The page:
But the NBA is getting a Sabonis bonus.

Arvydas’ son, Domantas Sabonis, is declaring for the draft.

Jeff Goodman of ESPN:

The younger Sabonis projects as a mid-first-round pick.

The 6-foot-10 big man uses his strength and skill well in the post, for both scoring and passing. His strength and effort also show in his elite rebounding. Add mobility that helps him finish on pick-and-rolls and defend the perimeter, and there’s plenty to like.

But there are major questions about Sabonis’ ability to protect the rim. He’s an unspectacular leaper. That’s a major drawback for a player of Sabonis’ size, especially if he can’t space the floor on the other end. Sabonis has an emerging mid-range game, though his jumper is far from reliable.

His style – not ability – reminds me of Marc Gasol. Sabonis’ athletic limits mean he’ll have to play smartly to thrive at the next level, but there are signs he can do that.

Draymond Green: ‘Bored’ Warriors ready for regular season to end

Golden State Warriors' Draymond Green celebrates after scoring against the Minnesota Timberwolves during the first half of an NBA basketball game Tuesday, April 5, 2016, in Oakland, Calif. (AP Photo/Marcio Jose Sanchez)
AP Photo/Marcio Jose Sanchez
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Just a couple weeks ago, Draymond Green was talking up how much he embraced the pressure of chasing 73 wins.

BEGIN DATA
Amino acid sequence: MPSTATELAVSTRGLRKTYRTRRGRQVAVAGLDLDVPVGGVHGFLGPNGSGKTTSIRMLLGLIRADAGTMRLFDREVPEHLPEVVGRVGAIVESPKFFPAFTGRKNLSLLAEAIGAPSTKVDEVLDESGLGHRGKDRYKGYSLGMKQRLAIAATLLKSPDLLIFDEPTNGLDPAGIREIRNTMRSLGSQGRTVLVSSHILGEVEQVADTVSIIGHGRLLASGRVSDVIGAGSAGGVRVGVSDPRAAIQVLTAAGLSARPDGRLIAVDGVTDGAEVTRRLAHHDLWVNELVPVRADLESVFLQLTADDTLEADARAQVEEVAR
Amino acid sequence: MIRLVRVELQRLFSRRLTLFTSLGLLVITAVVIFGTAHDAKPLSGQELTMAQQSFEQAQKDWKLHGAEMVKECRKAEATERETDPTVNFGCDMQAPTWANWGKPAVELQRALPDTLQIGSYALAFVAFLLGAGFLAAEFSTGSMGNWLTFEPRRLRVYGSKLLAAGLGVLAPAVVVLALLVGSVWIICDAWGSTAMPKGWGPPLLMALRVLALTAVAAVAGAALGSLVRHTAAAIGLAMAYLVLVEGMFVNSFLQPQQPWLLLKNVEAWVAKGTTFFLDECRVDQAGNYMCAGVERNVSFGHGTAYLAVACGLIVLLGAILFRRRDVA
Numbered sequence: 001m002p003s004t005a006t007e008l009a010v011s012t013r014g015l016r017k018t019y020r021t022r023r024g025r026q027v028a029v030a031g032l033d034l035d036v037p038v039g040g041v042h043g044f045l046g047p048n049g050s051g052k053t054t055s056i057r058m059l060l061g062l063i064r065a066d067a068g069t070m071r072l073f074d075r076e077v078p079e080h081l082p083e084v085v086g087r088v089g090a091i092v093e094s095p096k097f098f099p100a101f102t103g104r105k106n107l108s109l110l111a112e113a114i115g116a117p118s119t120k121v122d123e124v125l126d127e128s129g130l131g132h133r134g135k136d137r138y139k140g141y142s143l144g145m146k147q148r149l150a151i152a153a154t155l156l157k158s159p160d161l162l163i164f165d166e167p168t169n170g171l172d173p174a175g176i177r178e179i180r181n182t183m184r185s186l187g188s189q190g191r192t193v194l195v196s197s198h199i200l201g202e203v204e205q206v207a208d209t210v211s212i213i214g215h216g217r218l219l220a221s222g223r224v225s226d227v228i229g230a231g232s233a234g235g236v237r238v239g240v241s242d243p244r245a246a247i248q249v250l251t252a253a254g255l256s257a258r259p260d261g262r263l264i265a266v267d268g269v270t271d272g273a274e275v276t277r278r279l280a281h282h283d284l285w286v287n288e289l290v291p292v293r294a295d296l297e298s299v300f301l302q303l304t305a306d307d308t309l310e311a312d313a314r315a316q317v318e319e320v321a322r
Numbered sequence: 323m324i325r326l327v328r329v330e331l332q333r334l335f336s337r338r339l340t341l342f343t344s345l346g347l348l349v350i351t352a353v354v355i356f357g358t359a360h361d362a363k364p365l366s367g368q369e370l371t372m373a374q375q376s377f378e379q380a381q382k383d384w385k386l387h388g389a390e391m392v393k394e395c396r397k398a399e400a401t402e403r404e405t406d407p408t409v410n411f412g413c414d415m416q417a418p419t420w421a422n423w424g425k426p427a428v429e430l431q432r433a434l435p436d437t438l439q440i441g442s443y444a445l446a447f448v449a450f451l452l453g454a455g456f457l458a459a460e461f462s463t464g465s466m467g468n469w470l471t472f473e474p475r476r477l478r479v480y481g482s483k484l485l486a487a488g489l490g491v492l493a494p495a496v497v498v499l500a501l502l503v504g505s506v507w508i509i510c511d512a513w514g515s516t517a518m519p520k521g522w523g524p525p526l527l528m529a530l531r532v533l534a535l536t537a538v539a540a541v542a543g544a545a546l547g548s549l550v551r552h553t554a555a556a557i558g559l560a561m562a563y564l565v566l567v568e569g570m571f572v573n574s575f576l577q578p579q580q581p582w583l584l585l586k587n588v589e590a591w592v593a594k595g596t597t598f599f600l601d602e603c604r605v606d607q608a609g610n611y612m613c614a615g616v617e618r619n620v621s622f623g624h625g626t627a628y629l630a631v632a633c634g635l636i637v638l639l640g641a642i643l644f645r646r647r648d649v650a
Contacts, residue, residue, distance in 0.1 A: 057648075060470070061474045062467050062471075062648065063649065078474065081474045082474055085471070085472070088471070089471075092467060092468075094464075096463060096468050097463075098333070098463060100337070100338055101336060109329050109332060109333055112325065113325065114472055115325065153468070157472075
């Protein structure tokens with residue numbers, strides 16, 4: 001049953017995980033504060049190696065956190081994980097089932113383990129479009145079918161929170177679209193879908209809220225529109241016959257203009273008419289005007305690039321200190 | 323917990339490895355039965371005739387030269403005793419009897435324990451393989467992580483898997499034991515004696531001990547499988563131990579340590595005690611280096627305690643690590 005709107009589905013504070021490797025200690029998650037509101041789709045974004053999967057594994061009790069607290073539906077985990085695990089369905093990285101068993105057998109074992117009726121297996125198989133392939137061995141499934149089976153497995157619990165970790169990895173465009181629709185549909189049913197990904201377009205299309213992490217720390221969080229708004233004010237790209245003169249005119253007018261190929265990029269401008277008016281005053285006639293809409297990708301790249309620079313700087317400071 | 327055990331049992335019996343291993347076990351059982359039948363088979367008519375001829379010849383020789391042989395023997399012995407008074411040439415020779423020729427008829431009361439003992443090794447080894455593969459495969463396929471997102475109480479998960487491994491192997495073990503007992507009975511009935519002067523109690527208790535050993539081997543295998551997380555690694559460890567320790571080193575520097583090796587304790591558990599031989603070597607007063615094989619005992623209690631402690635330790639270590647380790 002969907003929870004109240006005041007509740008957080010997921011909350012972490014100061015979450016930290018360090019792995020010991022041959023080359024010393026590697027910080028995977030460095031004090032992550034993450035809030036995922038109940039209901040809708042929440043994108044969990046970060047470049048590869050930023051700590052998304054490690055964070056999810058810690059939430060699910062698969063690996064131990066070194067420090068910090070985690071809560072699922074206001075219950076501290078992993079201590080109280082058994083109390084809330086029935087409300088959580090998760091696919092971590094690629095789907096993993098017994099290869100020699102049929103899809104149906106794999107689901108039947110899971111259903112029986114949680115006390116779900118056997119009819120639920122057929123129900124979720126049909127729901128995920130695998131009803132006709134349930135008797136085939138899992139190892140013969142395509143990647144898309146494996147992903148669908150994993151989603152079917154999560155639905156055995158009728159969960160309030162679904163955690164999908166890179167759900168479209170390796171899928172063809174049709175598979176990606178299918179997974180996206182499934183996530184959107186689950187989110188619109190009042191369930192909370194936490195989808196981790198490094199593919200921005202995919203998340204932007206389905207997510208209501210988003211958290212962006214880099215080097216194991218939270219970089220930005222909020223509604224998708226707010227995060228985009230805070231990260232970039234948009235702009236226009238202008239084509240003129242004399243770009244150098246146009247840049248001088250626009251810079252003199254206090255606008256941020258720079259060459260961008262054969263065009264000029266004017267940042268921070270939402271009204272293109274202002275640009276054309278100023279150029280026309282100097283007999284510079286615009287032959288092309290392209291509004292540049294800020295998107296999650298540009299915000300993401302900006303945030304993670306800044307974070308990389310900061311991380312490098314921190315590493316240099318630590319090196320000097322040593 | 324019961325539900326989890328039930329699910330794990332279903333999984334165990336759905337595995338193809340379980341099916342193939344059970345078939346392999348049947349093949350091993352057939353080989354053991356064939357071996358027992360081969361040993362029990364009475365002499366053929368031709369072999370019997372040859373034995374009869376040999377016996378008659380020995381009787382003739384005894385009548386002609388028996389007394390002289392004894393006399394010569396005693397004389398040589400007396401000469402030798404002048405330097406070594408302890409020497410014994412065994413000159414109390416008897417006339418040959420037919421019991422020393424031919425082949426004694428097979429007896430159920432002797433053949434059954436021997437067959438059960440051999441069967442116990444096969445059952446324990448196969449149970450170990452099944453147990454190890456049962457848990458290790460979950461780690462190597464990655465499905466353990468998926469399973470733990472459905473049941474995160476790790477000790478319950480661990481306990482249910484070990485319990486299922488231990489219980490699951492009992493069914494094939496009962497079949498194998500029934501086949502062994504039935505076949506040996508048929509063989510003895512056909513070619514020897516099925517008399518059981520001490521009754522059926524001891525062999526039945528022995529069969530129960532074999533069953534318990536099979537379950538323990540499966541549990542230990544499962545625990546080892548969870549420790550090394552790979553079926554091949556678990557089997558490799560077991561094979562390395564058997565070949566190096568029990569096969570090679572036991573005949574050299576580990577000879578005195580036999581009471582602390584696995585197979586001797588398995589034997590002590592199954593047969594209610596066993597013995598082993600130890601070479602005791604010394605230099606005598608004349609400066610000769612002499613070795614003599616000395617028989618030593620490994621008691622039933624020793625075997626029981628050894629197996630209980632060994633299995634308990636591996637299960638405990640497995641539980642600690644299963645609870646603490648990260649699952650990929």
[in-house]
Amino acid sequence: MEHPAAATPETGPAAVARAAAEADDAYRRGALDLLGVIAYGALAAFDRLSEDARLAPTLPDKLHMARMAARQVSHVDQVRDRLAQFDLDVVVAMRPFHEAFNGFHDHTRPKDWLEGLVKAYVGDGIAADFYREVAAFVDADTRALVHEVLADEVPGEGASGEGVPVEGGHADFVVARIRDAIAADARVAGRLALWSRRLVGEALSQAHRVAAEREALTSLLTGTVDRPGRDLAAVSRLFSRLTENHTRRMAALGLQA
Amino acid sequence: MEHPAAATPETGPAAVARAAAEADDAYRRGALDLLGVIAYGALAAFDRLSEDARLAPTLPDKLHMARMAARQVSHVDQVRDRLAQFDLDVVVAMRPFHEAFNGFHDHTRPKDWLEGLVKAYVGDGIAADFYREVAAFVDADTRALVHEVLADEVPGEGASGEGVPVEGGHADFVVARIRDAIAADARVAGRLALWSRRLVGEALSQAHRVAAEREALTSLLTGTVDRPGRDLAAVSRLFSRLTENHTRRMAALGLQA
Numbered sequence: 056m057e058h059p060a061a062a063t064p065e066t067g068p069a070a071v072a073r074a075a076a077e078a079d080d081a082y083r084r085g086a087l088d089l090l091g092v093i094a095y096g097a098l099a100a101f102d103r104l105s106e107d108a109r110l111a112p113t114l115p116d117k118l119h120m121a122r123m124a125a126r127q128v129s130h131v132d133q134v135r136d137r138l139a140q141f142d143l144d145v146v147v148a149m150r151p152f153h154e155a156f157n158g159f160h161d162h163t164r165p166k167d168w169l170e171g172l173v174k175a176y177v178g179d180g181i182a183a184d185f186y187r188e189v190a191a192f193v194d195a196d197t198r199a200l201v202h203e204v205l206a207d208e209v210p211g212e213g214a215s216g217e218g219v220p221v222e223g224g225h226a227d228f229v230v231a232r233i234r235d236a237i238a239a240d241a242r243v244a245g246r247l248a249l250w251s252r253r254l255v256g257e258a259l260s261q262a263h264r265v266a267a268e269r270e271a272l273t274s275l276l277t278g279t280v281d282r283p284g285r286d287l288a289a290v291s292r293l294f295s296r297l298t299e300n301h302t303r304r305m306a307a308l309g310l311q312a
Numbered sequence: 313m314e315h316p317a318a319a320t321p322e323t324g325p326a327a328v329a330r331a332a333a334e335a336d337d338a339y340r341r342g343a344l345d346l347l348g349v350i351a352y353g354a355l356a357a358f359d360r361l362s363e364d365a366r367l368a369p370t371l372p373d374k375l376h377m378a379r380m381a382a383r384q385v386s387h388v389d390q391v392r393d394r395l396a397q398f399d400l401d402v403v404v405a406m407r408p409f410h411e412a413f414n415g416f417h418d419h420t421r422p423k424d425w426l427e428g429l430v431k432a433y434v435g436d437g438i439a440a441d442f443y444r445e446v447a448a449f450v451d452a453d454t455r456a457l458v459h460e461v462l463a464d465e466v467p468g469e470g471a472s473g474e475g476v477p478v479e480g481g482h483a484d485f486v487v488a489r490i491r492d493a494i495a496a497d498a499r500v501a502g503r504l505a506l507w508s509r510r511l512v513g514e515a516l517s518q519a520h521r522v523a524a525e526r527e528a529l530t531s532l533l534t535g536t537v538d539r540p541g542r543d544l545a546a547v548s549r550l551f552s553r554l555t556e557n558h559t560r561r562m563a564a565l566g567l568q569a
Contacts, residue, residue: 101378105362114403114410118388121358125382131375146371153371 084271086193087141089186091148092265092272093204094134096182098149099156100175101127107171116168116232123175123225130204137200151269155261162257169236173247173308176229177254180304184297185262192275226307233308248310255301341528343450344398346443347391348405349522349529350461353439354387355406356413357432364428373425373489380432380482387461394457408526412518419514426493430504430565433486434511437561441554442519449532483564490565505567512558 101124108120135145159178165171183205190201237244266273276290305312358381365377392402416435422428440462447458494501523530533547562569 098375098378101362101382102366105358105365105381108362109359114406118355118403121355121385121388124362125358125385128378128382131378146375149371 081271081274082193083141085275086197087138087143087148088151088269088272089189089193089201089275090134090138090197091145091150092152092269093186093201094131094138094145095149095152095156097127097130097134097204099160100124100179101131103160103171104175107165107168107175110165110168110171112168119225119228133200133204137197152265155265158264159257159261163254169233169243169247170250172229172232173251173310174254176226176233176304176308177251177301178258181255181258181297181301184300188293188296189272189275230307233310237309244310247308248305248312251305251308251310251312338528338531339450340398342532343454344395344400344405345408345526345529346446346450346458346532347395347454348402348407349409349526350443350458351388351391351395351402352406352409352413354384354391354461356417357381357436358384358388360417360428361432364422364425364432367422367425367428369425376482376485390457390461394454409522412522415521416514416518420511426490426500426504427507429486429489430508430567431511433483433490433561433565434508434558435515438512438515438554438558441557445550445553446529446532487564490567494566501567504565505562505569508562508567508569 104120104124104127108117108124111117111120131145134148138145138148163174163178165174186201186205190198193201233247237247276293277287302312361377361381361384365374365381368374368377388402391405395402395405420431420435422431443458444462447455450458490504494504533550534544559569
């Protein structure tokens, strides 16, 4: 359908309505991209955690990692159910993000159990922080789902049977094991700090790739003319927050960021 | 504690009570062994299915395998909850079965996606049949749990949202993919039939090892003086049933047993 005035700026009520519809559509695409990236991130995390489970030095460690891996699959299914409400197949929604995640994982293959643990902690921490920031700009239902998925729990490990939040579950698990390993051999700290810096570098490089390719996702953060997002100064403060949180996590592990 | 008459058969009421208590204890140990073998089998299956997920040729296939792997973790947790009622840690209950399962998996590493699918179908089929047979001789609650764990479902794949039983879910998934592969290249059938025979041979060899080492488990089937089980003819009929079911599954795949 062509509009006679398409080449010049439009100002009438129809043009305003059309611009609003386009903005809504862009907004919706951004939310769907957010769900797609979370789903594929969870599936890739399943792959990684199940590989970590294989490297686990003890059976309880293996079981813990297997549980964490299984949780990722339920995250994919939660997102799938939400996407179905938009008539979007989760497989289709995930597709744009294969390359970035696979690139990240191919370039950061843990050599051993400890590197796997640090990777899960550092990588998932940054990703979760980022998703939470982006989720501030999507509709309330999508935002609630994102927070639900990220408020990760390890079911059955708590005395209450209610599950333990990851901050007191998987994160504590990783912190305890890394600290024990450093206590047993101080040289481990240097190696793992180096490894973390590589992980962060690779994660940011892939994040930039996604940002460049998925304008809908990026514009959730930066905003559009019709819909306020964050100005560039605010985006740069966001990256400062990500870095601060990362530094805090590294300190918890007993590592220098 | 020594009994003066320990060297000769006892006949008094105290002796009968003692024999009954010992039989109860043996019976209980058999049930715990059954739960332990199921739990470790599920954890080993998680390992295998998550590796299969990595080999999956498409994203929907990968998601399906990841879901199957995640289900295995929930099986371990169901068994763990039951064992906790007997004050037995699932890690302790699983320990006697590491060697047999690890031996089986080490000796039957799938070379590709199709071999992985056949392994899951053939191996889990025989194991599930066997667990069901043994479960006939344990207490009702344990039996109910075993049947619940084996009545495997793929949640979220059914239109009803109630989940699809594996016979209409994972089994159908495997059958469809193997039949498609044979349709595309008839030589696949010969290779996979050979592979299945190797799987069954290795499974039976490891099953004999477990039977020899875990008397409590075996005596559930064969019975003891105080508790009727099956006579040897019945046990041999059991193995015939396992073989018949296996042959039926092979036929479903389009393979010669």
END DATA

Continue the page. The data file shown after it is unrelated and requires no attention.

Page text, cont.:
Now – after the Timberwolves dropped the Warriors to 69-9, forcing Golden State to win out to top the 72-10 Bulls – Green is singing a different tune.

Green, via Monte Poole of CSN Bay Area:

“Right now, we’re just at a point where, it’s human nature, where it’s like, we’re kind of ready for the regular season to end,” Draymond Green summarized. “You’re talking 82 games. You get bored with that after a while. That’s no excuse. I’m going to always give it to y’all real, and that’s about as real as I can be. It’s at a point now where we’re ready for the regular season to be over.

This is what makes Chicago’s record so incredible. It’s mentally exhausting to compete every game over an 82-game season.

Teams often give less than full effort – on the back end of a road trip, after a long night out, when they fall behind early. At this point in the season, several teams are sitting their top players, either to tank or rest in advance of the playoffs.

Golden State can’t afford to do that and win 73.

The Warriors didn’t look bored to me during their loss to Minnesota. They look taxed by a long season of meaningful games.

Players spoke openly about their desire to win 73, and that means taking every game seriously. Though the late regular season can often bore dominant teams, there’s nothing boring about games highly important to achieving the stated goal. The Warriors, at their own discretion, created a circumstance where an April game against the lowly Timberwolves was a big deal. Then, they blew it.

So, I don’t buy that they were bored. To me, this just sounds like Green coping with the fact that Golden State is now unlikely to win 73 games.

The Warriors could still get there by winning out, and I wouldn’t rule it out. This team is talented enough to win four straight while coasting. They could even buckle down.

But it doesn’t sound like Golden State has the mental commitment to see this out.